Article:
9. Ryan Vilade (686 points, 32 ballots)
Though he was technically a 2nd round pick in 2017, signing for a slot $1.425 million bonus out of an Oklahoma high school, Ryan Vilade was the first player taken by the Rockies in that draft, which fairly or not created some out-sized expectations for the infielder. Fortunately, Vilade was able to rise to the occasion in his debut professional season.
The 6’2” righty starred in the Pioneer League in an abbreviated 33 game professional debut, showing good plate discipline and power en route to a .308/.438/.496 line and 132 wRC+ over 146 plate appearances with Grand Junction. Notably, Vilade walked in 18.5% of his PAs (and struck out in 21.2%) against pitchers who were on average about 2.8 years older. Though he was assumed to be a third baseman by observers when drafted, Vilade spent the season at shortstop.
Buoyed by that impressive start, expectations remained high for Vilade as he entered the 2018 season at Low A as one of the youngest players in the South Atlantic League. Out of the gate, Vilade struggled mightily with a paltry .176/.263/.206 line in April against pitching that was on average about 2.4 years older. Still, the Rockies stuck with Vilade in Asheville, and he showed steady improvement throughout the season. He jumped from a .230/.330/.306 line in the season’s first half to a much stronger .310/.370/.419 triple slash second half with 18 of his 29 extra base hits coming down the stretch. Furthermore, he cut down on strikeouts considerably, dropping from an alarming 66 (in 209 ABs) in the first half to 30 (over 248 ABs) in the second.
Put it all together and Vilade’s final line ended up a respectable .274/.353/.368 with 29 extra base hits (5 HR) and 17 steals (out of 30 attempts) in 532 plate appearances. That was good enough for an above average 110 wRC+, a remarkable recovery given how poorly he started. In the end, Vilade dropped to only 18% of his PAs ending in strikeouts while walking 9.2% of the time. Vilade swung the bat better against lefties (.782 OPS) than righties (.694 OPS), but curiously he was worse in the typically hitter-friendly environs of Asheville, where he posted a .664 OPS compared to a .773 OPS on the road. Defensively, Vilade only played at shortstop where he made 34 errors in 116 games at the position.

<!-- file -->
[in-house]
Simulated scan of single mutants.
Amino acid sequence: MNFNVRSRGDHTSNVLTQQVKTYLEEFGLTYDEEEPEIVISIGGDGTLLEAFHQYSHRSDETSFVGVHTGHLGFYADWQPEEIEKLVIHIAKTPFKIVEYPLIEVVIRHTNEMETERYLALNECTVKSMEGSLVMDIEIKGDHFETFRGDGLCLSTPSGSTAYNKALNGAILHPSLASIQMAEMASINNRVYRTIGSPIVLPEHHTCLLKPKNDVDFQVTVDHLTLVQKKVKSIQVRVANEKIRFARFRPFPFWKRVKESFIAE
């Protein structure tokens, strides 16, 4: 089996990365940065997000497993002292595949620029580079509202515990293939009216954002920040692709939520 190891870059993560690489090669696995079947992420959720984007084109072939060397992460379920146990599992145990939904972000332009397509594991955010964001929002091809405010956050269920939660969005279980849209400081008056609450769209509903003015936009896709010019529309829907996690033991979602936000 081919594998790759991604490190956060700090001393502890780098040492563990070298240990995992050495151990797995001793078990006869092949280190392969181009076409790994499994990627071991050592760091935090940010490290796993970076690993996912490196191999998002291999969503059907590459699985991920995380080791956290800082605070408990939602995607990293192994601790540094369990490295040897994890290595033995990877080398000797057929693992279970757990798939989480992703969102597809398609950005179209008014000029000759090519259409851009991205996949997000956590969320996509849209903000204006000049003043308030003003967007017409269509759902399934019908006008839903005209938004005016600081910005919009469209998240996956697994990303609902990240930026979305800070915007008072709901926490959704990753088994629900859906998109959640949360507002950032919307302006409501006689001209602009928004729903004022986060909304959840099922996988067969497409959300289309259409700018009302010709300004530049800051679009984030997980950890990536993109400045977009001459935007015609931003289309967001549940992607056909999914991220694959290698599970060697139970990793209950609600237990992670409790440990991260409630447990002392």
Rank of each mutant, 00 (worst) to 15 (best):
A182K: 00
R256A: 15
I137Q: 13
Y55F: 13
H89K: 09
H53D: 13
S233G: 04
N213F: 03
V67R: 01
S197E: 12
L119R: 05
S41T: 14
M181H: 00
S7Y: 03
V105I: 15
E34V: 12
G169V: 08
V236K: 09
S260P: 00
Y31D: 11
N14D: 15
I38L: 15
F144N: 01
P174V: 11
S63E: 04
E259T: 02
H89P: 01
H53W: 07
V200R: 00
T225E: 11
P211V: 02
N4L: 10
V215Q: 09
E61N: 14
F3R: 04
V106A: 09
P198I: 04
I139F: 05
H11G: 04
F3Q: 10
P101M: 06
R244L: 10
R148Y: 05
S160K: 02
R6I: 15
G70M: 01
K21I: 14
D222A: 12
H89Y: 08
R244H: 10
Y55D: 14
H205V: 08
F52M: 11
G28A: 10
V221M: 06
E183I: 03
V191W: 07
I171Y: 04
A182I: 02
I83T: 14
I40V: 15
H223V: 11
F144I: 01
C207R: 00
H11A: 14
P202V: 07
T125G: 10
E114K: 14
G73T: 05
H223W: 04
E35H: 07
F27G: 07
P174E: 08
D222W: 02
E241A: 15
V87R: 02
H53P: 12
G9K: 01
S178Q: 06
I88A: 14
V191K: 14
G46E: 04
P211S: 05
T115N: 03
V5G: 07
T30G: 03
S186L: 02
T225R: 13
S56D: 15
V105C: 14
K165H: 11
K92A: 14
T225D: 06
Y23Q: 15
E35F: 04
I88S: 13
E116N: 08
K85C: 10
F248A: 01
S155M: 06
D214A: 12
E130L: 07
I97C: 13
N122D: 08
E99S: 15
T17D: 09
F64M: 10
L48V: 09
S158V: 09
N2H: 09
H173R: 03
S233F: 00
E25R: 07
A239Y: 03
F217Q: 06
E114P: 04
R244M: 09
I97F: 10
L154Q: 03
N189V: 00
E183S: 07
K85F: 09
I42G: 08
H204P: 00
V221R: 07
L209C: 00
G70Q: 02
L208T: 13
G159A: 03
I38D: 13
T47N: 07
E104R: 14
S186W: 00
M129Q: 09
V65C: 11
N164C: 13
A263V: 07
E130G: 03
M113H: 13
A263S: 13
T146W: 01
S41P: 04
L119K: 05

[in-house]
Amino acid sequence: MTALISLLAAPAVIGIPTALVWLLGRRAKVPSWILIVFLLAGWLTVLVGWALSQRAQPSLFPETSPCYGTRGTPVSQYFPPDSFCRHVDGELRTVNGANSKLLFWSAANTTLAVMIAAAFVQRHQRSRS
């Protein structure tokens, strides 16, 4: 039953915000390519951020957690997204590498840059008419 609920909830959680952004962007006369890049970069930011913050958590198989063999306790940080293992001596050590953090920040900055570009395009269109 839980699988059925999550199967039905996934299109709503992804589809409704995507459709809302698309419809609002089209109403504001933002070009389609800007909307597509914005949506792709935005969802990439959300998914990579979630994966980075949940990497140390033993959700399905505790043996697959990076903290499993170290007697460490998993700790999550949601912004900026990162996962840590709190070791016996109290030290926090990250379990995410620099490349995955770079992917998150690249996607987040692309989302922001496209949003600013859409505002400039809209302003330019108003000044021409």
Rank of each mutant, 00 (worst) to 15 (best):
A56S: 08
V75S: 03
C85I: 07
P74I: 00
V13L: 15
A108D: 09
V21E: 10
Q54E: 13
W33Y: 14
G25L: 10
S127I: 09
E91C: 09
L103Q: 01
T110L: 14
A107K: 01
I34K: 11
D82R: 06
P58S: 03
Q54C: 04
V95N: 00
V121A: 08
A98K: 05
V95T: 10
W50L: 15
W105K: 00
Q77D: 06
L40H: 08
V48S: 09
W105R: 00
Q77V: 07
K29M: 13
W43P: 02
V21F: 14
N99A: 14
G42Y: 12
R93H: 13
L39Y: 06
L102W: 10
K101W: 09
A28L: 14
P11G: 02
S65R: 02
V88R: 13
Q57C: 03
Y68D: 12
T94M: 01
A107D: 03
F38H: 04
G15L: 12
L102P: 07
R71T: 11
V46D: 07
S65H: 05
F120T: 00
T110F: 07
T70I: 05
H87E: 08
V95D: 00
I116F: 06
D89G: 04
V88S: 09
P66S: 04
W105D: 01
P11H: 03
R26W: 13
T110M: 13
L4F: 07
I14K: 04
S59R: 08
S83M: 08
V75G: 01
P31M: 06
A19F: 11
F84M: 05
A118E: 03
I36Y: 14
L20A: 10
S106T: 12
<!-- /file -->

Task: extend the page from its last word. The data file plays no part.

2080 Baseball has some video of Vilade from July 2018:
In their recently released system evaluation, Baseball Prospectus ranked Vilade 10th with a 50 OFP and 40 Likely FV tag:
Drafted as a power over hit third baseman, Vilade played every game in the field this year at shortstop. He’s “okay” there, but likely will slide back to third at some point in his pro career where the range and actions will play better. The arm is fine for either spot on the left side though.
At the plate, Vilade has plus bat speed, but works with an upper-body heavy swing that doesn’t always keep him in balance or allow him to tap into his plus raw power. He’s got enough hand-eye to make consistent contact at this level, but without further refinement both the quality and amount of contact might go down by the upper minors. He’s athletic, projectable, and you usually can’t teach this kind of bat speed. Ultimately, there’s a foundation worth betting on here. even if the upside might not be much beyond “major-league starter” unless the power takes a big step forward.